You’re right in that the drop in launch angle, were it to continue, would massively cut his power production. Perhaps I’m being optimistic in assuming that will be corrected with a clean bill of health, because it was just 157 PA and it’s never been an issue throughout his long career, and no other aspect of his game suffered.

I’ll definitely be watching his GB/FB rates and launch angle closely in Spring Training.

Lewis

This is pretty interesting. One of the things that I believe Eno Sarris has noticed is the statcast guns in Detroit seem a bit off. I think we/he noticed it 2 years ago when all of the Tigers were hitting the ball significantly harder at home than on the road. May be something to look into and could also explain why the EV and everything is so high, but the Barrel’s and Slug is lower. Just a thought.

Nick Gerli

This is a good point, Lewis. Comerica’s Statcast cameras seem to run hot, and this is backed up by Cabrera’s 92.8 MPH home exit velo compared to his 91.1 MPH away exit velo the last two years (Note that the average MLB hitter experiences no difference between home and away exit velo).

And while Comerica inflates his exit velo, it’s a ballpark that hurts his overall production. Cabrera hits a lot of hard-hit balls to dead and right-center field, a death valley-area in Comerica.

Ben Pernick

It’s an interesting note, Nick, though Miggy’s better home readings could be just due to hitting better (or at least harder) at home. But it’s enough that’s it’s worth checking out if ALL Tigers have better eV at home, since that would be significant.

Still, even if you took a mile per hour off Cabrera’s eV, his overall eV of (93.4 mph) and FB/LD (97.1) would still be among the best in baseball. But Comerica does hurt him in the power department. Even though I love the Tigers, I do think he’d do much better in basically any other park, especially one that’s short in RF.

Ben Pernick

Hi Lewis, I remember hearing about the Comerica Statcast guns from Eno a few years ago, but back then the numbers looked more suspect (even Victor Martinez had high eV readings) and I haven’t heard anything about it since. So I’m assuming they remedied that discrepancy.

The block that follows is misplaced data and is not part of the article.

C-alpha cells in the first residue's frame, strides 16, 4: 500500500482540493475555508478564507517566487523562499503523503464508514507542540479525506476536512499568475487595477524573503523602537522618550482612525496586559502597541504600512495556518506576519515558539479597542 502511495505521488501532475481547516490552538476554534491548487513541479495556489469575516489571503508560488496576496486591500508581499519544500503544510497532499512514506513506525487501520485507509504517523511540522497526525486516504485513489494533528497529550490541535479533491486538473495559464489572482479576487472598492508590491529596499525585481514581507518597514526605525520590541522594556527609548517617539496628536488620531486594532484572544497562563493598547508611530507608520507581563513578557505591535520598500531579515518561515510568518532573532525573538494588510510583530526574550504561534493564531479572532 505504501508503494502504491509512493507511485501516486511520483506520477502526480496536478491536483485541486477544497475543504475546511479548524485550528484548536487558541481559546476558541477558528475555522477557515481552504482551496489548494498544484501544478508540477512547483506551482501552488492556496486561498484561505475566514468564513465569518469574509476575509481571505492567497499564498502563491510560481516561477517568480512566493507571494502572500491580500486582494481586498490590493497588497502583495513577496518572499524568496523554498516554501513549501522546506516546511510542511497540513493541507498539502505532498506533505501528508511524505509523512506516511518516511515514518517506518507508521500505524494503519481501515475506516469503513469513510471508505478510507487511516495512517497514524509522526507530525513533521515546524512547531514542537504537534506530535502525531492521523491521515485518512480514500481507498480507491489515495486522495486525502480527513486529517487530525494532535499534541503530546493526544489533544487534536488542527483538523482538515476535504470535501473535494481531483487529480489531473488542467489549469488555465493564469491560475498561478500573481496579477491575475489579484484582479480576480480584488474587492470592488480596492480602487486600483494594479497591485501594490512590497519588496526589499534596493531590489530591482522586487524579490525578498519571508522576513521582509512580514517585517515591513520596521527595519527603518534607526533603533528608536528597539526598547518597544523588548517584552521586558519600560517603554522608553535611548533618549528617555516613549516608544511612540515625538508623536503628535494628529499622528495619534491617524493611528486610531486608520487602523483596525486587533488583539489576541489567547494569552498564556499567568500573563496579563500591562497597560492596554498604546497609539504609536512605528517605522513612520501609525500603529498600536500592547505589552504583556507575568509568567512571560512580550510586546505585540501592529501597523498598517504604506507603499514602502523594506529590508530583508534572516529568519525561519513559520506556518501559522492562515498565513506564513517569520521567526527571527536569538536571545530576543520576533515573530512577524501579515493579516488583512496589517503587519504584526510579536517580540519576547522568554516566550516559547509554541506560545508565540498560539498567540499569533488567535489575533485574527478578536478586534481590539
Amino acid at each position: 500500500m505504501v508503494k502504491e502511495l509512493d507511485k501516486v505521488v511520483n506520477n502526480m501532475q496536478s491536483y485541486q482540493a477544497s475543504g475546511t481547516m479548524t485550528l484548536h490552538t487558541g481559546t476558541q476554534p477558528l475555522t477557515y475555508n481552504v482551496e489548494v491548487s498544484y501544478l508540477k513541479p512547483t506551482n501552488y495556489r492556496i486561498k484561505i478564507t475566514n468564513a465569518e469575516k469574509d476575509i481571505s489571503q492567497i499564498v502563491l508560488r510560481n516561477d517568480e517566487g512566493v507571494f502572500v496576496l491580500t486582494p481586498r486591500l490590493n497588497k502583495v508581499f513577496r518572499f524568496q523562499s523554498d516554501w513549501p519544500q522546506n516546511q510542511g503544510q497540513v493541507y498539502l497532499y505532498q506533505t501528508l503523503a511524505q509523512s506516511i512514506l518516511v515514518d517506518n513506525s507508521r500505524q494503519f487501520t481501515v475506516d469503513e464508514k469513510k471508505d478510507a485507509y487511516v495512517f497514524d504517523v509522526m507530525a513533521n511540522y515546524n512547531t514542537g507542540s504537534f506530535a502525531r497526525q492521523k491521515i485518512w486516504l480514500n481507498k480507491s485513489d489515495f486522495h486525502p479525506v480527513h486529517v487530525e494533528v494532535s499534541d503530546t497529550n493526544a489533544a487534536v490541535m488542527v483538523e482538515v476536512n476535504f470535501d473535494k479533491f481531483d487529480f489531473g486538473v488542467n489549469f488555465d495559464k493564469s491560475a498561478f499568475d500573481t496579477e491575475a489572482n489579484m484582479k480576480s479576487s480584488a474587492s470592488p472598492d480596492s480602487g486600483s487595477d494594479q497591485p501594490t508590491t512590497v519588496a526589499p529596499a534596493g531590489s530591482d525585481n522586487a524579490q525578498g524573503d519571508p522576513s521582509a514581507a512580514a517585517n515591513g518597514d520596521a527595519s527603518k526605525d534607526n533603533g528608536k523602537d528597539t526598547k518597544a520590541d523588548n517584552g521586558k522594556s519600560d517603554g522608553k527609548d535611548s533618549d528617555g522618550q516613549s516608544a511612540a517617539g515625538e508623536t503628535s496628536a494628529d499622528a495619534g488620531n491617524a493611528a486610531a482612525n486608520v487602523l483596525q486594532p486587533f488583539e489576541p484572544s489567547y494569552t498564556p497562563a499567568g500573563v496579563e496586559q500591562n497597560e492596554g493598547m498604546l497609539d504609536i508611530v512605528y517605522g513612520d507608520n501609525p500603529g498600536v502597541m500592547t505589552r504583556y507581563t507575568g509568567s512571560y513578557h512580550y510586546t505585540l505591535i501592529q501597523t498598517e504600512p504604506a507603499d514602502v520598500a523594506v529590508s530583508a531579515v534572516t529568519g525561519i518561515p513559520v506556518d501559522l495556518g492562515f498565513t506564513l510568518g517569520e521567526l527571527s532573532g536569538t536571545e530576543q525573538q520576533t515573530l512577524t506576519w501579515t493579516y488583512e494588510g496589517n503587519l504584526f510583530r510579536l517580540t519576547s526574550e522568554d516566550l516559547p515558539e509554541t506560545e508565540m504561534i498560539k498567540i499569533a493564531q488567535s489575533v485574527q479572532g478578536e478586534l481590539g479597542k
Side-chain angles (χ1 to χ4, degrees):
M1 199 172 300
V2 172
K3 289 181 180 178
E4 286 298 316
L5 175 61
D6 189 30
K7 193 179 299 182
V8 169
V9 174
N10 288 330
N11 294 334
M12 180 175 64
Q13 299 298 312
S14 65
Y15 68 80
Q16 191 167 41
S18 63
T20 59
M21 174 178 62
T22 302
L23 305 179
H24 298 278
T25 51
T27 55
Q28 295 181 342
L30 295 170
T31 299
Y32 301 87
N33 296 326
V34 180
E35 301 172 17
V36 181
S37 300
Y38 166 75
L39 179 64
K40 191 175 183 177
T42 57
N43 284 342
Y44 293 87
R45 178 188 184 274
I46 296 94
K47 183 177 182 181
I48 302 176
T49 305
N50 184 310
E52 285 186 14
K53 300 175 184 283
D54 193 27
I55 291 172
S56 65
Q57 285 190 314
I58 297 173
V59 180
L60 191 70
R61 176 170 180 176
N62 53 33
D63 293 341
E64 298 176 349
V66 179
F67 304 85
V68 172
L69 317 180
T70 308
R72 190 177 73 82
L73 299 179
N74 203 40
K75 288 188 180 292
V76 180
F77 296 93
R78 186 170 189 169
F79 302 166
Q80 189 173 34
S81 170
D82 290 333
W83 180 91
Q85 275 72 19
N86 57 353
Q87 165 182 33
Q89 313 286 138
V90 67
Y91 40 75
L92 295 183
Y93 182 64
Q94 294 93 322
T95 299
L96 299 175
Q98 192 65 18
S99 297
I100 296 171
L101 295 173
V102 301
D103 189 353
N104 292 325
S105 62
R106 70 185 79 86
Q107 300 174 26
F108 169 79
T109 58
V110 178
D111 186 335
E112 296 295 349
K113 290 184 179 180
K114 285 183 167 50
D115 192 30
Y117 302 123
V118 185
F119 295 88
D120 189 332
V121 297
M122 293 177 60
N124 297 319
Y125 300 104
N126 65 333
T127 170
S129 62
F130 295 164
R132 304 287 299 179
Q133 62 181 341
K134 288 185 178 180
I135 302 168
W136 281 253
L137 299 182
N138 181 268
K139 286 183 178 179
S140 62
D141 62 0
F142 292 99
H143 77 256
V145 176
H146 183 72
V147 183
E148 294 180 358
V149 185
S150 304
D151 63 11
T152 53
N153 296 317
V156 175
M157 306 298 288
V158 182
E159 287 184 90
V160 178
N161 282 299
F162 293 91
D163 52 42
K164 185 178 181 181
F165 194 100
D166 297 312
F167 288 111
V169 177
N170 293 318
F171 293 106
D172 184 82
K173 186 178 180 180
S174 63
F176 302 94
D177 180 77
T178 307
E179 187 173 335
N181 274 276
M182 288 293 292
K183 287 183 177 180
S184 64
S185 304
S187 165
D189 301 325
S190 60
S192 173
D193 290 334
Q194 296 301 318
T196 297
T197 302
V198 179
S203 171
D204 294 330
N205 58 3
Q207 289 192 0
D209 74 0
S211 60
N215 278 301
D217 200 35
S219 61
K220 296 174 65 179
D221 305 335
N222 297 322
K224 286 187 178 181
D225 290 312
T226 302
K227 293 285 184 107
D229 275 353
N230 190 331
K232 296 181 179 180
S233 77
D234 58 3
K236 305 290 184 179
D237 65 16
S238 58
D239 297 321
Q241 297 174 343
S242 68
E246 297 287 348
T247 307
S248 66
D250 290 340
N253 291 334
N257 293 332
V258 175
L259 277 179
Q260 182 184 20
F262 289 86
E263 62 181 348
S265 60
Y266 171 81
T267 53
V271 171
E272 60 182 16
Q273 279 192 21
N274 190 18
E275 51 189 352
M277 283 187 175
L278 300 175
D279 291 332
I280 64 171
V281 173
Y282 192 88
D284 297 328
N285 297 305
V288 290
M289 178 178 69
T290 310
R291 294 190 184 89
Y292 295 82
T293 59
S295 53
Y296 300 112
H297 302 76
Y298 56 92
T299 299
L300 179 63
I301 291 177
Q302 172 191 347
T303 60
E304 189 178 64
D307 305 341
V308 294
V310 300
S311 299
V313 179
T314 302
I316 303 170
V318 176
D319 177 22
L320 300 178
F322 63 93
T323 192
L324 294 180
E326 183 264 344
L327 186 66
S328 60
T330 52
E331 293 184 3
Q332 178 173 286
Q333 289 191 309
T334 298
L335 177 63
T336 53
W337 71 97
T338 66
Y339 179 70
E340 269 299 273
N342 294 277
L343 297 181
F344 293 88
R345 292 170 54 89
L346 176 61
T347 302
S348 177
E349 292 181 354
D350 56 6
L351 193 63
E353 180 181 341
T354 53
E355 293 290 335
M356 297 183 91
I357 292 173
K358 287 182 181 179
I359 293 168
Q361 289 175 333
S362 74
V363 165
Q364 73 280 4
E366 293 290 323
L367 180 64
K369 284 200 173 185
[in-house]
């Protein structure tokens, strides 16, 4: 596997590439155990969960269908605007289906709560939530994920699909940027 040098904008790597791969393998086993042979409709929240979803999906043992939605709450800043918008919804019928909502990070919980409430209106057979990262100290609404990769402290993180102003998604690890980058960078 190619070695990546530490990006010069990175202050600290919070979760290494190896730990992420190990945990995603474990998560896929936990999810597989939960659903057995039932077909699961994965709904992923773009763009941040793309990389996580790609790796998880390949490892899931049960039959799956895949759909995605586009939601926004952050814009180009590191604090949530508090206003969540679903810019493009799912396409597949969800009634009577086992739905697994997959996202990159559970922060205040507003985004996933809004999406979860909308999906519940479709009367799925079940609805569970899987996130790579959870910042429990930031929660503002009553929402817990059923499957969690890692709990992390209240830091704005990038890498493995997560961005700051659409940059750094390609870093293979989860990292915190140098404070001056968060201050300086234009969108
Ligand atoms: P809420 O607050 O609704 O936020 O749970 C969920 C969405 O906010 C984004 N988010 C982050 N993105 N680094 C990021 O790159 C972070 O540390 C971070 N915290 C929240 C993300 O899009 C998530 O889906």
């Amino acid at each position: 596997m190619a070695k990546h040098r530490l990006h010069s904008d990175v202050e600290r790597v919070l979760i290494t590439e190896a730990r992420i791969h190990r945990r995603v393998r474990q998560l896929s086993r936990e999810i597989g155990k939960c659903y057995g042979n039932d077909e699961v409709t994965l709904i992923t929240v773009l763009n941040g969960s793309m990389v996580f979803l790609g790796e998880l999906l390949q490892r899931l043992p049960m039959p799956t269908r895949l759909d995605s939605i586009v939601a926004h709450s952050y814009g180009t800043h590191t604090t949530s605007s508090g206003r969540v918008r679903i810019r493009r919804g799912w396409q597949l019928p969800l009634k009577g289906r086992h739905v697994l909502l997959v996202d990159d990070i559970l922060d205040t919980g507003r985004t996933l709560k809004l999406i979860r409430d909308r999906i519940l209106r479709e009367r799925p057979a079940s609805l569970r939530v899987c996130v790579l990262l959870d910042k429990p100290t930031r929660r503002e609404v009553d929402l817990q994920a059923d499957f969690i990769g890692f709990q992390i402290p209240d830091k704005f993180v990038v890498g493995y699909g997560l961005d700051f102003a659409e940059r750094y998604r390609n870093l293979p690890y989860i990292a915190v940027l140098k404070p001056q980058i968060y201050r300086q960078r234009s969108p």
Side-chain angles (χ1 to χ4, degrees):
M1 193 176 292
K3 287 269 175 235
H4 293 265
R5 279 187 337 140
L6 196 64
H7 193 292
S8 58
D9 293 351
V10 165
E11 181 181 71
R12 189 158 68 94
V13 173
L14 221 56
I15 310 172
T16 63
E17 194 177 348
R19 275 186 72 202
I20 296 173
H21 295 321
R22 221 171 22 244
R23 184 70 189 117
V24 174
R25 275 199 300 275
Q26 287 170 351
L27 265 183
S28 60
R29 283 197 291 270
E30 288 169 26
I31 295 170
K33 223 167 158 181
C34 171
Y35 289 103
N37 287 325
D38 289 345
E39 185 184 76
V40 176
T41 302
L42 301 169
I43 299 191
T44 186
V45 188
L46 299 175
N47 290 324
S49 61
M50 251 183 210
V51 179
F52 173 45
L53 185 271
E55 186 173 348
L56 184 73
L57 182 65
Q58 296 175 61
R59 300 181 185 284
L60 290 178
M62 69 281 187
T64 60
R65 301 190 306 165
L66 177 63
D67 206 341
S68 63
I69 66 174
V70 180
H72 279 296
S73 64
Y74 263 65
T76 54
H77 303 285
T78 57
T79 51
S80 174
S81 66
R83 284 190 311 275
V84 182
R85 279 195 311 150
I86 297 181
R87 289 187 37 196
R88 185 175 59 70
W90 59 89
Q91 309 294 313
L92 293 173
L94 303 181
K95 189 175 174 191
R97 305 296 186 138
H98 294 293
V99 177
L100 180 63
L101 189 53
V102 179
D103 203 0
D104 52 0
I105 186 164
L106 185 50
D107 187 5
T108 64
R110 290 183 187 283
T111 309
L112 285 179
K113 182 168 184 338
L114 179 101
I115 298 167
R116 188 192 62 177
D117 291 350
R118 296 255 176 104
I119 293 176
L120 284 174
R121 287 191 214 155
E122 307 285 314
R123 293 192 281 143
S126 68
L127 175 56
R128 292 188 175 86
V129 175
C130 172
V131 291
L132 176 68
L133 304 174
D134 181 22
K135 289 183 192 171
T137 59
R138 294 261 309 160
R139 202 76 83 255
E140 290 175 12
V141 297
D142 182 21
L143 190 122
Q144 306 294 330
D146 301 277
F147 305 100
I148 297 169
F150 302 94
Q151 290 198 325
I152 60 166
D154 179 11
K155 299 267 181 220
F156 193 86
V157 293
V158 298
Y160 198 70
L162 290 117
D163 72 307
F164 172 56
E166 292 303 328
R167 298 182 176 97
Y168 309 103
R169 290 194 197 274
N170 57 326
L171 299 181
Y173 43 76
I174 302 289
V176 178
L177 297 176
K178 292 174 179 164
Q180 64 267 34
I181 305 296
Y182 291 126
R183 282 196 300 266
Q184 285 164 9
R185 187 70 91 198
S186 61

If that were still the case, I’d expect ALL Tigers hitters to have elevated eV readings and better xStats as a result, but looking at the readings and xStats for Goodrum, Castellanos, Candelario and Hicks, this doesn’t seem to be the case. But still good to keep in the back of our mind should a stadium’s Statcast guns be inaccurate again.

Ben Pernick

It very well may be affected, though the trend Perpetua mentions in this article from last year didn’t seem to carry over as strongly as previous years for other Tigers hitters. But I do believe, if the Tigers manage to trade Cabrera, it would be a huge boon to his offense… perhaps not to the extent it helped JD Martinez’s offense post-Comerica, but maybe.

Bryan

…a list that sounds like a neutered sequel to “My Neck, My Back”…

This line is golden. Good work sir.

John

What bunk. All the nerds talk numbers that only they know and understand. How hard you hit the ball doesn’t matter unless it goes over the fence. A “Texas Leaguer”
hit over the shortstop head scores runs,while a hard hit
“Liner” hit directly to second base
Scores no one. Metrics writers
need to go write fiction books.
Quit trying to be a wannabe!!!
Coach R.

Ben Pernick

I appreciate your old school, Murray Chass-esque repudiation of newfangled baseball analysis. But tell me John, ahem, Coach R, if sabermetrics is just a bunch of “bunk”, why do more and more successful Major League Baseball teams keep hiring these numbers nerds to help them make big-money decisions?

Kyle

Great South Park reference from one of my favorite episodes!

In sticking with this theme, obviously, Miggy’s Ferrari cake days are over. However, with 1B having such a large drop off after the big names, I’d much rather take a flyer on him in the later rounds if I miss out on the first tier of 1B. I would take a Bentley or BMW cake Miggy over names like Gallo, Hosmer, or Olson any day.

Benjamin Pernick

Thanks Kyle! I agree, though I actually do also like Gallo and Olson for 2019 as well (depending on your team needs) but definitely like him over Hosmer.

Theo

How many Adderalls did it take to write this overthought jibberish? He’s an aging slugger. Best right handed hitter since Manny Ramirez (IMO); But same shit happened to him. It happens. Let it go. You don’t need to nerd out about it. We’re not talking about the same Miguel Cabrera from 2012. He’s a drastically different player regardless what your stats say. I’m sorry, but it’s true.

Benjamin Pernick

First things first, regarding your excellent comp… Manny Ramirez ultimately fell apart in 2009 because he stopped making Hard Contact that year (from 43% in 2008 to 36% in 2009) and it only went further downhill. Cabrera actually posted the best Hard Contact Rate of his CAREER in 2018, at 46%. Sure, it could drop off a cliff at some point, maybe next year even. But there are no signs it’s in decline yet, and even if he’s not Miggy from 2012, a no-doubt first rounder, he’s still good enough to provide great value after round 12 or later.

And it took five. Five Adderalls, thank you very much.